The next lines need a short explanation. To our relief Java offers a convenient static method placed in the Integer class that converts integers to HEX values. Hence our only work was to look that information up in our Java API, and, yes it can be tricky sometimes, especially when we do not know were to look and if the answer is to be found at all. But you did it this time. Unfortunately this method returns one digit HEX values if it is not above the ten based value of 15, that is 15 is converted to F, not 0F as we would like to have it to be able to copy&paste it into our HTML pages. 16 is converted to 10 as should be. Thus we look at the answer and if it is only one digit long we prefix it with an extra 0 (zero).

Further we have to convert the color values one by one using a temporary string, and each one we have to test for this one digit case before appending it to the resulting HEX string. Finally we can show the value, but we would like to show it upper case. Done with this class! After saving this class as a file of its own, named HexRgbPanel.java, you now may remove most of the comment marks, compile and run. Though still no values will change, we are in desperate need of the SliderPanel.

I might say that the default layout manager of the JPanel class is FlowLayout. It works almost as its name, the items are added in a flow and nothing is promised about were the object will end up, except that it will be between the previous and the next item. If a new row is needed to pour objects into, anew row will be created by Java. But this is not always working as expected neither, as you may see if you resize the main frame to a less wide size, the bottom panel is not "reflown", but some text fields will be invisible. Still FlowLayout is useful this time, but be aware of the shortcomings.

The SliderPanel class

This JPanel will hold the three sliders and act as a listener to user input. We will use a new technique of making ourselves a listener, not hard to learn but convenient from time to time. This technique is in no way needed this time, a much simpler way exist, but it is good to use this way this time when no real problems are at hand. (This class is also a file of its own, SliderPanel.java.)

import javax.swing.*;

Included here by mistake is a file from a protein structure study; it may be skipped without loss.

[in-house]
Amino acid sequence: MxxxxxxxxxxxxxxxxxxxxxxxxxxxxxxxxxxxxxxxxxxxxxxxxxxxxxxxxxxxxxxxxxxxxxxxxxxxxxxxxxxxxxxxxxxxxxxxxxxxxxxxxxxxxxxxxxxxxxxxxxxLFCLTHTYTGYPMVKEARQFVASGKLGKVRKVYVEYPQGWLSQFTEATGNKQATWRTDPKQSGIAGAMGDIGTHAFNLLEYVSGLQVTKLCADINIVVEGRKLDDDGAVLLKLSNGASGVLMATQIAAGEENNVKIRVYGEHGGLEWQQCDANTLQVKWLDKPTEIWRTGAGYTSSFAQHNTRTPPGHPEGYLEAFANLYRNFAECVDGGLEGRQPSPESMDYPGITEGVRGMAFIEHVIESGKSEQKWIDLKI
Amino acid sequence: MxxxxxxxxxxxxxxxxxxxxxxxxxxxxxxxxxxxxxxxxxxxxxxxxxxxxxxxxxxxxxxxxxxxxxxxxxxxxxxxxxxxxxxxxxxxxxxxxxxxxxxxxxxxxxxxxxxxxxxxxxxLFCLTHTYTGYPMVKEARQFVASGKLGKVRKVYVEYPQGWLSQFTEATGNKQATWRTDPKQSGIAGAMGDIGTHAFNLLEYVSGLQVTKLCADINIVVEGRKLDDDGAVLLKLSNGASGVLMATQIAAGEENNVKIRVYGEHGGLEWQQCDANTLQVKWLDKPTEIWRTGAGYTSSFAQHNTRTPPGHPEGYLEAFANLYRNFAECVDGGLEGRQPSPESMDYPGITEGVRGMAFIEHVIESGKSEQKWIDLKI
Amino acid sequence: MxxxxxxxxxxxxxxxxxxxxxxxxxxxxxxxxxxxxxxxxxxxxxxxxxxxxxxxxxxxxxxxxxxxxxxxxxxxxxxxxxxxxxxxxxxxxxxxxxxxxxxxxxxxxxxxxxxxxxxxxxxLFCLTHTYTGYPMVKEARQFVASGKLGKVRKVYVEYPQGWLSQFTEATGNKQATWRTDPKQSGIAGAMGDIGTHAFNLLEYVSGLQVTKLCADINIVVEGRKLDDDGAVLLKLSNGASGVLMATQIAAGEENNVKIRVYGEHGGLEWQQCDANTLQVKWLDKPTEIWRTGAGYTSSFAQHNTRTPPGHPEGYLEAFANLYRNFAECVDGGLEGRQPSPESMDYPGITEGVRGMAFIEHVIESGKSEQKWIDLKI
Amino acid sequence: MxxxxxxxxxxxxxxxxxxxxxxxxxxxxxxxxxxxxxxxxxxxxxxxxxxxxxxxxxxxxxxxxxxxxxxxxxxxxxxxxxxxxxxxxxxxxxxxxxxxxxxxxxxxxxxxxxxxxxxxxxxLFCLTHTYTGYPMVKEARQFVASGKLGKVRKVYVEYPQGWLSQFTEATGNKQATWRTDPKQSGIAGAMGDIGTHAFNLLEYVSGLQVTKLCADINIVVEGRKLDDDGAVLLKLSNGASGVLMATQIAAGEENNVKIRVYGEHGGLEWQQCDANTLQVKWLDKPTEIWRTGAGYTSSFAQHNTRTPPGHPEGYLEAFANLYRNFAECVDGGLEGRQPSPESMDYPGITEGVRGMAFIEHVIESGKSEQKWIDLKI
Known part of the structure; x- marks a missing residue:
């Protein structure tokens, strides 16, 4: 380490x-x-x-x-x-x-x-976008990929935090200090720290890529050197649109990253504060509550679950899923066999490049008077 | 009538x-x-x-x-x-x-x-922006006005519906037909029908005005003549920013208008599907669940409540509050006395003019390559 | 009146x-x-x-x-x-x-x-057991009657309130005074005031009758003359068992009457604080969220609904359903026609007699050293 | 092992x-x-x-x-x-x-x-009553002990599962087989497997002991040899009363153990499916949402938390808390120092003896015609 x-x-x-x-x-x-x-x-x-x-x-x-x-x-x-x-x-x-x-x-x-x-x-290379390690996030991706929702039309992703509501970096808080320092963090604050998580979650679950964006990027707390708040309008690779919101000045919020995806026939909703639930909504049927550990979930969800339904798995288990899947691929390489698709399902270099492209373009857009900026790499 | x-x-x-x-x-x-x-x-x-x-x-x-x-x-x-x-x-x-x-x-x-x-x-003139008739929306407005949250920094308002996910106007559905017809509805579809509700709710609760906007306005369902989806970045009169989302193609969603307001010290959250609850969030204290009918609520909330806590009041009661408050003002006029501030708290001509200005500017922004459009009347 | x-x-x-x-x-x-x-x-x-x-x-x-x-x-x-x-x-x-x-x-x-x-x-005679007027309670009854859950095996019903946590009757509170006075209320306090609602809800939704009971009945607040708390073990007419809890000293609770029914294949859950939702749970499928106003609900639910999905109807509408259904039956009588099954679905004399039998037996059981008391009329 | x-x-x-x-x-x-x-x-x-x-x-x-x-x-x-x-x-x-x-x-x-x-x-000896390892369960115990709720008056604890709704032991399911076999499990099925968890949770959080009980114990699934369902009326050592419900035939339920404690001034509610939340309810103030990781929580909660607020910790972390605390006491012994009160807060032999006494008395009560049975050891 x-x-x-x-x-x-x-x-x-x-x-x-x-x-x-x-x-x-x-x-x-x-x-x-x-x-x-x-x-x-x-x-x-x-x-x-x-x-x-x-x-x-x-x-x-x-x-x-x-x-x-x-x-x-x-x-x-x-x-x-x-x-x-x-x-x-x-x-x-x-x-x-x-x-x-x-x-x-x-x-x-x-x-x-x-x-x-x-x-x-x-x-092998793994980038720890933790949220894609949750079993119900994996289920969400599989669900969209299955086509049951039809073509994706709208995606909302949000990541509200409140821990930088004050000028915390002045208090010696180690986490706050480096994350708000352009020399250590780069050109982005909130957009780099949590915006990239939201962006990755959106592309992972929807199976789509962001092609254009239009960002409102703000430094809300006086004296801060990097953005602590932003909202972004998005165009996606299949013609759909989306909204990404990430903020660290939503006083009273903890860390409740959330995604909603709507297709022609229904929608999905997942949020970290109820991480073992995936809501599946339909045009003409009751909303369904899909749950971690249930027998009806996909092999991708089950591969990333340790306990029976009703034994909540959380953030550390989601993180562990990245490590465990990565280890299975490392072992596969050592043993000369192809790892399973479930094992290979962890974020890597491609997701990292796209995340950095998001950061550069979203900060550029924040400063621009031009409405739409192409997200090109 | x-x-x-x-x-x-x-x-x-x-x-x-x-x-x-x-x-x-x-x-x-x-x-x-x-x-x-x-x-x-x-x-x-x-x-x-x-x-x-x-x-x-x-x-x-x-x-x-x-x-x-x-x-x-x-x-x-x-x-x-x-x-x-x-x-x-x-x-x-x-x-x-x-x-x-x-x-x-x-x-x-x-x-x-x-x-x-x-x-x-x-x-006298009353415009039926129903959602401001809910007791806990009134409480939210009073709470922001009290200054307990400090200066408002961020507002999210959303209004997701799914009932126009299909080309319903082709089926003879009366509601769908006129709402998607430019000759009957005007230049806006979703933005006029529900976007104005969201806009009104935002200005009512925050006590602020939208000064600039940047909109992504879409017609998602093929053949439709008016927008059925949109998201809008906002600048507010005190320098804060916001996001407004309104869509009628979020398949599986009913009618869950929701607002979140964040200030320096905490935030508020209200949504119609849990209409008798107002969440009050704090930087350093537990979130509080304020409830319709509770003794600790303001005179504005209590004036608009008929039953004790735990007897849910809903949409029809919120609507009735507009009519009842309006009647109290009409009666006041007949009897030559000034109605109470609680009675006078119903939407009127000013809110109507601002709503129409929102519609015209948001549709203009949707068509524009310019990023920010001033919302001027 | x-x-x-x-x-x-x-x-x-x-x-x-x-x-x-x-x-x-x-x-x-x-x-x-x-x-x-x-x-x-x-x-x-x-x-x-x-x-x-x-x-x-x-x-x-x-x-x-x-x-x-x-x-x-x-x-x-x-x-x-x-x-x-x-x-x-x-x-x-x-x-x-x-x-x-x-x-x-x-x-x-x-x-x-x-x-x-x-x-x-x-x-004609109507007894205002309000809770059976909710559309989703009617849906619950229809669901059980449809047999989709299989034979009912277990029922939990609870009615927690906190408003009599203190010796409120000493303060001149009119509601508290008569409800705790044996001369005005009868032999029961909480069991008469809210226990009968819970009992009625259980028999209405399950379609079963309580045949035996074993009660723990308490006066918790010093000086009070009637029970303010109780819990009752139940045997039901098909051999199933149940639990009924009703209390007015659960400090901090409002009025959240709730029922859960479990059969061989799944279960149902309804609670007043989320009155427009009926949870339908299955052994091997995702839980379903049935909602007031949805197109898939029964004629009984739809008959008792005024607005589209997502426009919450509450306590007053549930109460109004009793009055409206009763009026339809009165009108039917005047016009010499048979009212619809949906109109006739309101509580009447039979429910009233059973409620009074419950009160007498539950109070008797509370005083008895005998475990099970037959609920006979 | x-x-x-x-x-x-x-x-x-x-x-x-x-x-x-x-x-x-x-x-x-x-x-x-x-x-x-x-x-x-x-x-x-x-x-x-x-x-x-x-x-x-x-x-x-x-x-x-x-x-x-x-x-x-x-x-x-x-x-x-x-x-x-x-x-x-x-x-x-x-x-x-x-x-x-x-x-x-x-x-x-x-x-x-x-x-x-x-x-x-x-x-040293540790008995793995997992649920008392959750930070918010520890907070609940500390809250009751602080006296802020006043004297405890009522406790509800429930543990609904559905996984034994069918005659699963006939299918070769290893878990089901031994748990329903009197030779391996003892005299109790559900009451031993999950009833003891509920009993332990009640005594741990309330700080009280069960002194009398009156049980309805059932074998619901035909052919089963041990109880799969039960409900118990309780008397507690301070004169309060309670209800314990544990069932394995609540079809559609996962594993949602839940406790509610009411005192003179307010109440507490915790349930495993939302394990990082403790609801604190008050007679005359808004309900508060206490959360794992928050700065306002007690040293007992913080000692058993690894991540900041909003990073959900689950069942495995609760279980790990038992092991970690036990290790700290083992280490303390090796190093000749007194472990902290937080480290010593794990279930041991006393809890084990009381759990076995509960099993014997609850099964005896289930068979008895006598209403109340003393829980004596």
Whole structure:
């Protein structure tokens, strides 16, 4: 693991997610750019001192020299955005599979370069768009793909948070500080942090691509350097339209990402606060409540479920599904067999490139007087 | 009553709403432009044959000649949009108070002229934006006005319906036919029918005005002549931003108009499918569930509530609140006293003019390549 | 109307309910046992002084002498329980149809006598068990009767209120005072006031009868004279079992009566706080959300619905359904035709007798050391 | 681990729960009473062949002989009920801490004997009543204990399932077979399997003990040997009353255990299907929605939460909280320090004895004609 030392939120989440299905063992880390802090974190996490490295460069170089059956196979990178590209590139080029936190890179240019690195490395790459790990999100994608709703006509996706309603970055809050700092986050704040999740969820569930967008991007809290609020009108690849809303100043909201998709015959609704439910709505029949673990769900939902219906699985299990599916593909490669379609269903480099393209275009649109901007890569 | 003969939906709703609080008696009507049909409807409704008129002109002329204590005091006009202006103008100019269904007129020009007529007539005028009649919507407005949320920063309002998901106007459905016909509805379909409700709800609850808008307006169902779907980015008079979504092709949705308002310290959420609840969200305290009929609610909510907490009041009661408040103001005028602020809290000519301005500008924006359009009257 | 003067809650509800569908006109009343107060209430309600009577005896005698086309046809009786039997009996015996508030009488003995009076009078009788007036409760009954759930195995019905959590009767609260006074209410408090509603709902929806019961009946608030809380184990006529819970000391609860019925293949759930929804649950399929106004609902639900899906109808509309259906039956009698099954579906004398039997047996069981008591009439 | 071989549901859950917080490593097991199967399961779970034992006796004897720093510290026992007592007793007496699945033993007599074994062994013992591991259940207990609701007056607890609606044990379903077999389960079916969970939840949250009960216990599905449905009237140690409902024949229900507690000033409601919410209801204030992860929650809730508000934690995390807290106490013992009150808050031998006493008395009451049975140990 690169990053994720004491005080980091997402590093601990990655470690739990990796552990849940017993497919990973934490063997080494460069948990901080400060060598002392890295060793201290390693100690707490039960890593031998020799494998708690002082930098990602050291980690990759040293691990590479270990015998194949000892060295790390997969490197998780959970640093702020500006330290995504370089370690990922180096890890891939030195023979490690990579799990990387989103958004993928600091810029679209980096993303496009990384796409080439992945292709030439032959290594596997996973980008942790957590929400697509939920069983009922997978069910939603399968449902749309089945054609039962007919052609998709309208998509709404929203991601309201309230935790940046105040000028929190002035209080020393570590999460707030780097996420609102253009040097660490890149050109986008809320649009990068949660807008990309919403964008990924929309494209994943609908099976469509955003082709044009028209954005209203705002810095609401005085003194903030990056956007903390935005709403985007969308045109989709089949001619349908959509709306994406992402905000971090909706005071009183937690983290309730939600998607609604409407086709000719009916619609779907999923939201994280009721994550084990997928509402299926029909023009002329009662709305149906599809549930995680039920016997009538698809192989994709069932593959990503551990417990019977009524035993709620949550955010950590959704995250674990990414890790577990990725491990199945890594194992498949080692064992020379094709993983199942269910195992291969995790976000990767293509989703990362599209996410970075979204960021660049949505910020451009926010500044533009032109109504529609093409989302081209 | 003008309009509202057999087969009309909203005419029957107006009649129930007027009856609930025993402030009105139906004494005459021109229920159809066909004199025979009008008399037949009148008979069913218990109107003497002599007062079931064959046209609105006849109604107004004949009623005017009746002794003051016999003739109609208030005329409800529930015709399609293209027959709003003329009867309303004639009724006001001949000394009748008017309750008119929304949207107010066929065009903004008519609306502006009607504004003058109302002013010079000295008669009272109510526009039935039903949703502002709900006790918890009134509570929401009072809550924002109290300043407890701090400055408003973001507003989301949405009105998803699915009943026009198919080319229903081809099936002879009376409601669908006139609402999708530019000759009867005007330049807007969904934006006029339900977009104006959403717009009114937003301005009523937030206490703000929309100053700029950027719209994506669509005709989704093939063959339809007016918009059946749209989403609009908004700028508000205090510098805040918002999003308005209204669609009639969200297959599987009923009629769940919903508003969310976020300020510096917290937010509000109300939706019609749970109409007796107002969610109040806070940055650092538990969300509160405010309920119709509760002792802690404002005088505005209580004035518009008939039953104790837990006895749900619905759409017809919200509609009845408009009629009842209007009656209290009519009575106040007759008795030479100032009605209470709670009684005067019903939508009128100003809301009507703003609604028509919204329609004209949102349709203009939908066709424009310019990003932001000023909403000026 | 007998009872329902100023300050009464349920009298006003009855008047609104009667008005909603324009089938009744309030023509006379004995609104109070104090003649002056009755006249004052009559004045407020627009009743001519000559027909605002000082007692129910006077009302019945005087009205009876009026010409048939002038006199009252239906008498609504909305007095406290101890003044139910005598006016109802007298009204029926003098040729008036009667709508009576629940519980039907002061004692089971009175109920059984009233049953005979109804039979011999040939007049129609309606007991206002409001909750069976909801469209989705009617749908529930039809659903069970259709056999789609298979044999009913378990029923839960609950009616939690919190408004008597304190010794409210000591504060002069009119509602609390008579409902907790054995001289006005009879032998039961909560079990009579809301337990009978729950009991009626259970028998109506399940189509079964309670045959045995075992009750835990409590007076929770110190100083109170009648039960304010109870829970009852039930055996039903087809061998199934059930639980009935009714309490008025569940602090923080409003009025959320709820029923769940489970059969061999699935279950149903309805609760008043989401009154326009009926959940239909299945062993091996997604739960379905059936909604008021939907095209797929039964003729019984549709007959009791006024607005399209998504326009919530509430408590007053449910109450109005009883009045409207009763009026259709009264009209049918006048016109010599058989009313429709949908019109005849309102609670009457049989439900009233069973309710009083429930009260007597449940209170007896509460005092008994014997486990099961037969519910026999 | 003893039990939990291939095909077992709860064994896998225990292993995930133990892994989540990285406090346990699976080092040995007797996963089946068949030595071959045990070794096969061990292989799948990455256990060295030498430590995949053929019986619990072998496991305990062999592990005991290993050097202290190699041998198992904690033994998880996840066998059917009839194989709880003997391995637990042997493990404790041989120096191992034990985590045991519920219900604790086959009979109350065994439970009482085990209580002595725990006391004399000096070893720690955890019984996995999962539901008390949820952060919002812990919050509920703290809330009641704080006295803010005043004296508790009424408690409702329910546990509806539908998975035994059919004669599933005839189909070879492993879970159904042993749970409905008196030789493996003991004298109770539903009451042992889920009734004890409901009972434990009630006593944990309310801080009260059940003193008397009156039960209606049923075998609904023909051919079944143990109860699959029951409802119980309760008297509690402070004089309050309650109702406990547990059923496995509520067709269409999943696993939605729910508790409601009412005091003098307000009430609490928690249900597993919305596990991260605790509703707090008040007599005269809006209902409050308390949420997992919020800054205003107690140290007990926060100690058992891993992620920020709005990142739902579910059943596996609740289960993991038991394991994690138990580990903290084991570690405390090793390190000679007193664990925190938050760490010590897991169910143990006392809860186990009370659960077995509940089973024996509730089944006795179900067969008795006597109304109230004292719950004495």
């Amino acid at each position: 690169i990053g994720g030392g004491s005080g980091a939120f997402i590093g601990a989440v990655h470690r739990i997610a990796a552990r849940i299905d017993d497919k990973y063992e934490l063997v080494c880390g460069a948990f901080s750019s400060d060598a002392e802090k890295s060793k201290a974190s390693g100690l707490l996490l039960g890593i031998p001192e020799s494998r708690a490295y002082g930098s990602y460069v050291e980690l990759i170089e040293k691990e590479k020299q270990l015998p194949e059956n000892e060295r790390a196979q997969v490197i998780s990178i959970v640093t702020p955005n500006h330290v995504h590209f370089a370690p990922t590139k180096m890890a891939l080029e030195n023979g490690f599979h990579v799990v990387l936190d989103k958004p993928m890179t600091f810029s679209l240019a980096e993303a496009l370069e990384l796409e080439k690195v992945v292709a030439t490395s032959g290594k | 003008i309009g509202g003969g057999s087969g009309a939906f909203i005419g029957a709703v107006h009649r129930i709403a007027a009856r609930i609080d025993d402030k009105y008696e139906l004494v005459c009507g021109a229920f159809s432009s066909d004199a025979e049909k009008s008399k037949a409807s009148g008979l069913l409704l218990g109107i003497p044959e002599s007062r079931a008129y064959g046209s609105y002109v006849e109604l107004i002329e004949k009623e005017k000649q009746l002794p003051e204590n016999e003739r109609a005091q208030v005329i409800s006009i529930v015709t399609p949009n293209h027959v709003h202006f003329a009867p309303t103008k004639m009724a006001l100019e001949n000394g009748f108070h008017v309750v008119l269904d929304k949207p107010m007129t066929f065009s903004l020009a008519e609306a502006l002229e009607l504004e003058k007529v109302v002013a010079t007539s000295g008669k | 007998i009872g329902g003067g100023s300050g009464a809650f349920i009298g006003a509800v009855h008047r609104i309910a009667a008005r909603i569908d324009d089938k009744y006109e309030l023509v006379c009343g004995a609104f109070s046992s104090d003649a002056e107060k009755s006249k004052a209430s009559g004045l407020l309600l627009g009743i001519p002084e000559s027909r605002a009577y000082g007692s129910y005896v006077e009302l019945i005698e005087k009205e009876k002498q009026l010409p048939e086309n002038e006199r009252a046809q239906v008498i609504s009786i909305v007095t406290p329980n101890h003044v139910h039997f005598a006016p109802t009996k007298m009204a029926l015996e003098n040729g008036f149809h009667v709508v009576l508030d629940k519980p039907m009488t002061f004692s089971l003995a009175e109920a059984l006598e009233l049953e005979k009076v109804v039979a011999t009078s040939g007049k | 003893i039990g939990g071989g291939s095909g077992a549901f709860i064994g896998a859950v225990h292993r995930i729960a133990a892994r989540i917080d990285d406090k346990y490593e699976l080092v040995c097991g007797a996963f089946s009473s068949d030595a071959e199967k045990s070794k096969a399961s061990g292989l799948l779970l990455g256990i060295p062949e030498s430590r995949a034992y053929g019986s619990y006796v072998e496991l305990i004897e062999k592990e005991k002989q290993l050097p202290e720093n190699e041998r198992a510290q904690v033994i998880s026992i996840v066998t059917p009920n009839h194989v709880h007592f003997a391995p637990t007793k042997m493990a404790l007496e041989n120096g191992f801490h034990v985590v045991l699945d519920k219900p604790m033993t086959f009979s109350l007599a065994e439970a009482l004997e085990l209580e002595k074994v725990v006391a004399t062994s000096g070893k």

import javax.swing.event.*;
import java.awt.event.*;
import java.awt.*;
public class SliderPanel extends JPanel {
    private ColorBox owner; // the main JFrame
    private JSlider red;
    private JSlider green;
    private JSlider blue;
    public SliderPanel(ColorBox o) {
        owner = o; // reference to the main frame
        Box box = Box.createHorizontalBox(); // an invisible holder
        box.add(red = addSlider(Color.red, true));
        box.add(green = addSlider(Color.green, true));
        box.add(blue = addSlider(Color.blue, false));
        add(box); // add the holder to the JPanel
     * A helper method to avoid duplicated code
    private JSlider addSlider(Color c, boolean bol) {
        JSlider s = new JSlider(SwingConstants.VERTICAL, // direction
                                0,    // min value
                                255,  // max value
                                0);   // initial value
        s.setMinorTickSpacing(25); // the small ticks
        if (bol) // if different (larger) ticks wished
            s.setMajorTickSpacing(50); // larger ticks
        s.setPaintTicks(true); // paint the ticks
        s.setForeground(c); // foreground color
        s.addChangeListener(new SliderChangeListener());
        return s; // return a fresh to constructor
    public void setColor() {
        int r = red.getValue(); // read the actual value from slider
        int g = green.getValue();
        int b = blue.getValue();
        owner.setColor(r, g, b); // call the main frame with values
     * An anonymous listener class that have full access to
     * the variables and methods of the "surrounding" object